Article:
Take the 2-minute tour ×
Stack Overflow is a question and answer site for professional and enthusiast programmers. It's 100% free.

Is it possible to log message from WinForms app to cmd.exe process started programmatically? I've tried to do all kinds of variations of following code:

private void button1_Click(object sender, EventArgs e)
{
    Log("Button has been pressed");
}

private void Log(string message)
{
    var process = Process.Start(new ProcessStartInfo("cmd.exe", @"/K ""more""")
    {
        UseShellExecute = false,
        RedirectStandardInput = true,
    });
    process.StandardInput.WriteLine(message);
}

Unfortunately, console window blinks for a half of a second and that's it.

Please don't answer what I really want to do, because right now I'm just curious if it's possible :)

share|improve this question
    
One correction would be to only create one process. I guess you may have laid it out like that for illustrative purposes, but worth mentioning. –  Kieren Johnstone Jul 1 '11 at 10:02
    
Have to tried exploring Log4Net console appender. If you really want to start cmd.exe and write to it I dont think there is anyway to do so without blinking –  Ash Jul 1 '11 at 10:09
    
@Kieren Johnstone exactly - for illustrative purposes only :) –  prostynick Jul 1 '11 at 10:20

5 Answers 5

up vote 5 down vote accepted

You're in luck. I just solved this for a code generator toy project I had floating around here.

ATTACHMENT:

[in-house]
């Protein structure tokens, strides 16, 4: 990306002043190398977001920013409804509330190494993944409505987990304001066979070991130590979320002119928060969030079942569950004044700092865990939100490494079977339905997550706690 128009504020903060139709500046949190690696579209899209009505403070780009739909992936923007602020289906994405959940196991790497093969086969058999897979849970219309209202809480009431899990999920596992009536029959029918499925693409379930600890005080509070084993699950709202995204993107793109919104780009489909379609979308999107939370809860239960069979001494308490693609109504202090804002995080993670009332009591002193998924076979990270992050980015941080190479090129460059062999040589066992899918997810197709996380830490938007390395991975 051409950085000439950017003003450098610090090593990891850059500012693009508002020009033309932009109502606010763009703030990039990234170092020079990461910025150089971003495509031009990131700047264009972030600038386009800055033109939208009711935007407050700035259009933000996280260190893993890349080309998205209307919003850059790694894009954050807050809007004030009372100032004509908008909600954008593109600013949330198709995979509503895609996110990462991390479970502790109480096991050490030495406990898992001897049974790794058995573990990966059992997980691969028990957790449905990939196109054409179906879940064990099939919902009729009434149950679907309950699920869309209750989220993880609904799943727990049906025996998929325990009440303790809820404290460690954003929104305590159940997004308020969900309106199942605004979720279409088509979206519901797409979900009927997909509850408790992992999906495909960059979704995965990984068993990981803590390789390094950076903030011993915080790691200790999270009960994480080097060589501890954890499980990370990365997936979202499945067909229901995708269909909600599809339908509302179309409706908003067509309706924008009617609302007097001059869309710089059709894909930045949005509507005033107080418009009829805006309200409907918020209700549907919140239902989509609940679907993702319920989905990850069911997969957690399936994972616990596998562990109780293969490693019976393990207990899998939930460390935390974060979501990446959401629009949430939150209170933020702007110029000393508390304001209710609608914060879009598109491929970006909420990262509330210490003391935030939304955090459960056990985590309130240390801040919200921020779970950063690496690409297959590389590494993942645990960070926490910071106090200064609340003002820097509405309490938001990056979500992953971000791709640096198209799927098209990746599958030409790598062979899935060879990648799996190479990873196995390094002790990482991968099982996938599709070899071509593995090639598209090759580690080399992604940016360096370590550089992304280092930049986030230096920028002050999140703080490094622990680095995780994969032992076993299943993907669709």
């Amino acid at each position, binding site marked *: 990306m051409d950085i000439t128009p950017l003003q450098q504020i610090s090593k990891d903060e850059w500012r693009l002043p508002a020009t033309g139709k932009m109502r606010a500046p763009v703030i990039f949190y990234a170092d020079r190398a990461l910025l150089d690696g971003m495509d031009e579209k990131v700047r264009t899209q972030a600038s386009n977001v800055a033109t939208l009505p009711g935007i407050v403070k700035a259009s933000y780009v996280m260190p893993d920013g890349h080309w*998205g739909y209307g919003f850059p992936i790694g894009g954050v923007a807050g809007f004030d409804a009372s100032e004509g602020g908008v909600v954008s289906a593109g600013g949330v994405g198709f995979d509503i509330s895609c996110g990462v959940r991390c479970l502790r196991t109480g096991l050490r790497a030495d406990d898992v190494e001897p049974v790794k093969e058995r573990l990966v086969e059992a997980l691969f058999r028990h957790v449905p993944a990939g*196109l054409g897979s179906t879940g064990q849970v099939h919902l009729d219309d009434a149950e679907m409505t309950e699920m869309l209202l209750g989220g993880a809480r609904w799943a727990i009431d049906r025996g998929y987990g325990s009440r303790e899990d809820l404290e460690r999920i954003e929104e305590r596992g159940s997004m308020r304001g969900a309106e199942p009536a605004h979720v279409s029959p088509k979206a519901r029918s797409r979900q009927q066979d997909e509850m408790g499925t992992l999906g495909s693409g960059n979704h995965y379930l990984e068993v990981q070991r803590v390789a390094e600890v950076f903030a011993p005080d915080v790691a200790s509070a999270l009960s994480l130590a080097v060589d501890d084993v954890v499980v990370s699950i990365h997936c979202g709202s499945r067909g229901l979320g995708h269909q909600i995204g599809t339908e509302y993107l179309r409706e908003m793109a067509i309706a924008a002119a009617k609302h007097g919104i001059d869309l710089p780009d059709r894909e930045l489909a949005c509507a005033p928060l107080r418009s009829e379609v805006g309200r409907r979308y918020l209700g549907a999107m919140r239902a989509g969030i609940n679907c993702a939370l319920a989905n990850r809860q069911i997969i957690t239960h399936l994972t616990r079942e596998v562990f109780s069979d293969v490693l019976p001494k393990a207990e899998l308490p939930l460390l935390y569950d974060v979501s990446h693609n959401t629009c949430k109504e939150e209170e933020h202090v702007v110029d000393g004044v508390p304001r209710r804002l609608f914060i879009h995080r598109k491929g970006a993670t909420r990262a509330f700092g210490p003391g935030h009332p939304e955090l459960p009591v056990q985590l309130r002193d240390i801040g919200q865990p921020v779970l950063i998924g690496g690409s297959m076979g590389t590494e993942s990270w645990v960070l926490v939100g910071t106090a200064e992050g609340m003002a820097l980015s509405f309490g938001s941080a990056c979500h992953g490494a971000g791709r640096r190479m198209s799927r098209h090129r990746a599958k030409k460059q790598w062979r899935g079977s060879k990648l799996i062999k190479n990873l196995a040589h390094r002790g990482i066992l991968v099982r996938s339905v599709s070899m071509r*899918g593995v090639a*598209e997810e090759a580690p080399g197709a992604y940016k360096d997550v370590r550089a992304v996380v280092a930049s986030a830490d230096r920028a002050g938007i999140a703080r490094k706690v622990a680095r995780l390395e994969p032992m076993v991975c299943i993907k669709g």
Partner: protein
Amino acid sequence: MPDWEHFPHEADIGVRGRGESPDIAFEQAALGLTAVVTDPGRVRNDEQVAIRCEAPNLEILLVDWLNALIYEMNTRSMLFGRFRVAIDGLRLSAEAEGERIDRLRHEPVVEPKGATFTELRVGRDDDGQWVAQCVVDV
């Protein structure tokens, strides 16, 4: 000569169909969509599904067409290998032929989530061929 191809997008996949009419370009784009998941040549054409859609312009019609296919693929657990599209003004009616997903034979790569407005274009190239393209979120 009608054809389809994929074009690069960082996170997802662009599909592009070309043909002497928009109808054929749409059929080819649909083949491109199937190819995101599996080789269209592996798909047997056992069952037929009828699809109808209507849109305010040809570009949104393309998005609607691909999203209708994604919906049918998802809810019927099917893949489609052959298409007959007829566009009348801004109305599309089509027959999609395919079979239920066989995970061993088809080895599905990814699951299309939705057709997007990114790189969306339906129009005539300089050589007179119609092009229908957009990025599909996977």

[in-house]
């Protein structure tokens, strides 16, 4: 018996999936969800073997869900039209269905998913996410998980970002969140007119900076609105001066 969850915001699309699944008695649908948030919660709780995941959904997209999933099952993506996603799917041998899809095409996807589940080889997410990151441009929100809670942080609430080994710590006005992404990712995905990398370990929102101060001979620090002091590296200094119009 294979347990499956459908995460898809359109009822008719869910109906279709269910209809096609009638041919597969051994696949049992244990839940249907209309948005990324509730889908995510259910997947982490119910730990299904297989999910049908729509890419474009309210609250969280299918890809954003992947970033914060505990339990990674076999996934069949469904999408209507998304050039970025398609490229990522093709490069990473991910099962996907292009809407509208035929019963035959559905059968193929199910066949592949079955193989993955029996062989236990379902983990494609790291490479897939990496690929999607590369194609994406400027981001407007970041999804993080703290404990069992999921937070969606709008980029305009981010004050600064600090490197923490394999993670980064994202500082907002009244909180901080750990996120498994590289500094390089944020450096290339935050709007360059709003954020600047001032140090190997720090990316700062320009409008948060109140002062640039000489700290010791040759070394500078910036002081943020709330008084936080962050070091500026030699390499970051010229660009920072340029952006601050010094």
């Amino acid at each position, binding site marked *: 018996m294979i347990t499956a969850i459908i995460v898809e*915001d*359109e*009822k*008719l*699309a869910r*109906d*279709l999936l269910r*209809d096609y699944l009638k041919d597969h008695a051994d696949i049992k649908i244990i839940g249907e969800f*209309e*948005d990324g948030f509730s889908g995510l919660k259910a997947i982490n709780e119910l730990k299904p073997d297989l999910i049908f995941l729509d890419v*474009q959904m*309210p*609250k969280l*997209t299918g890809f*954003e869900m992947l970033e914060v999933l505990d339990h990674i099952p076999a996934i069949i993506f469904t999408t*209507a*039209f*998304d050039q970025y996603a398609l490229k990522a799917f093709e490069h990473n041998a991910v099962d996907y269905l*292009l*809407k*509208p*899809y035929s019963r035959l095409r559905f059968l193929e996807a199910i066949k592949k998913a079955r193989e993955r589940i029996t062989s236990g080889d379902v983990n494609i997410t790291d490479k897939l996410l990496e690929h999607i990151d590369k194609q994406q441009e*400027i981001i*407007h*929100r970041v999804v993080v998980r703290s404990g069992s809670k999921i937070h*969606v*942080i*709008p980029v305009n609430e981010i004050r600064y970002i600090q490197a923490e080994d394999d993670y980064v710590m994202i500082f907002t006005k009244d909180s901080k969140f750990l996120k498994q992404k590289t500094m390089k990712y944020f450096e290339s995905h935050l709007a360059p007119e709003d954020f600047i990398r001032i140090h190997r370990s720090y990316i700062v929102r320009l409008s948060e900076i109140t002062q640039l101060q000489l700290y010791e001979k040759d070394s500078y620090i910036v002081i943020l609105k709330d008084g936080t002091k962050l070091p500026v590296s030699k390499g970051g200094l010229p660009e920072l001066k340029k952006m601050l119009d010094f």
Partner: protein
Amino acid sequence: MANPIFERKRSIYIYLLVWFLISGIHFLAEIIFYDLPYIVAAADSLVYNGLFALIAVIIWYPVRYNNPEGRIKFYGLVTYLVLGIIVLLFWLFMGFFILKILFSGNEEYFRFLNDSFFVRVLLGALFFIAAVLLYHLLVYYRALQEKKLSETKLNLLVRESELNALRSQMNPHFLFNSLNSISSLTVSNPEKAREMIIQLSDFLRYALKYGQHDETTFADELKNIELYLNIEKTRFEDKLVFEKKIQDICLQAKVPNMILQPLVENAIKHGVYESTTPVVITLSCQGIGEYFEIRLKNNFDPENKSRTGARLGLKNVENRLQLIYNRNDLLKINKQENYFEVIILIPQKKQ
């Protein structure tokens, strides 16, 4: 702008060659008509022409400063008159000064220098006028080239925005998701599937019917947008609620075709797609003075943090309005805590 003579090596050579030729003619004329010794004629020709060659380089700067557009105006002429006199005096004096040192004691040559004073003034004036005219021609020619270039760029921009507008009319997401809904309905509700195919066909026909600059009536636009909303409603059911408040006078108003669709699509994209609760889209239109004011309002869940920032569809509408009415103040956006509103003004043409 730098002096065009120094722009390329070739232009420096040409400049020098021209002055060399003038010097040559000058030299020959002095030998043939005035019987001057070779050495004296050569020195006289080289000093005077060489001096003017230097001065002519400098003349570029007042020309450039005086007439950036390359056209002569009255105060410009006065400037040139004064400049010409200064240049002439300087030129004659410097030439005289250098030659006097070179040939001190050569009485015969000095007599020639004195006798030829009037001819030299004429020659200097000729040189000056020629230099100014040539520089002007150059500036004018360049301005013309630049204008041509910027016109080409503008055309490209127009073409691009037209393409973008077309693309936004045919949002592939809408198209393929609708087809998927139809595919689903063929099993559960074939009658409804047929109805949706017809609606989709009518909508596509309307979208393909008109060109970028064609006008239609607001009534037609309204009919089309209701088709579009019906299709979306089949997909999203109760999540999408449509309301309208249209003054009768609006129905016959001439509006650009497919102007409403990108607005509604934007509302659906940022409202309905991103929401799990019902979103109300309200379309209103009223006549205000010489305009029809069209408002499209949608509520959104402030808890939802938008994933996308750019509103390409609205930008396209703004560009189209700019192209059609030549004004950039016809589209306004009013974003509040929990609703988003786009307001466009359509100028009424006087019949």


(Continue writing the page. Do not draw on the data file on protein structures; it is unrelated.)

Using AttachConsole or AllocConsole Win32 API's you can achieve the result, by just using System.Console.WriteLine (or Read, or Error.WriteLine etc) like you normally would.

The following snippet figures out when a forms app was started from a Console window, and attaches to it's parent console; If that doesn't work, it will create it's own console, and remember to keep it open (so it doesn't vanish before the user can read the output, for example).

    [DllImport("kernel32.dll")] static extern bool AllocConsole();
    [DllImport("kernel32.dll")] static extern bool AttachConsole(int pw);
    private static bool _hasConsole, _keepConsoleOpen;
    static private void EnsureConsole()
    {
        _hasConsole      =  _hasConsole || AttachConsole(-1);
        _keepConsoleOpen = !_hasConsole || _keepConsoleOpen;
        _hasConsole      =  _hasConsole || AllocConsole();
    }

    [STAThread]
    private static void Main(string[] args)
    {
          EnsureConsole();

          // the usual stuff -- your program

          if (_keepConsoleOpen)
          {
              Console.WriteLine("(press enter)...");
              Console.Read();
          }
    }
share|improve this answer
    
I like your solution! I have seen AttachConsole(-1) before, but it requires that the program was started from console, but I haven't seen AllocConsole() and that's exactly what I need. Since this answer doesn't tell how to attach to cmd.exe, I will accept it if no one propose exact solution. Thanks! –  prostynick Jul 1 '11 at 11:33
    
@prostynick: what do you mean with attach to cmd.exe? What behaviour are you missing with my example? Keep in mind that if you now start cmd.exe, it will automatically be attached to you allocated console as a child process. –  sehe Jul 1 '11 at 11:37
    
your example works like a charm and that's exactly what I was looking for, but I formulated the question slightly different (ie. how to attach to cmd.exe), so maybe there is someone who is going to write strict answer. If not, I will accept yours :) –  prostynick Jul 1 '11 at 11:45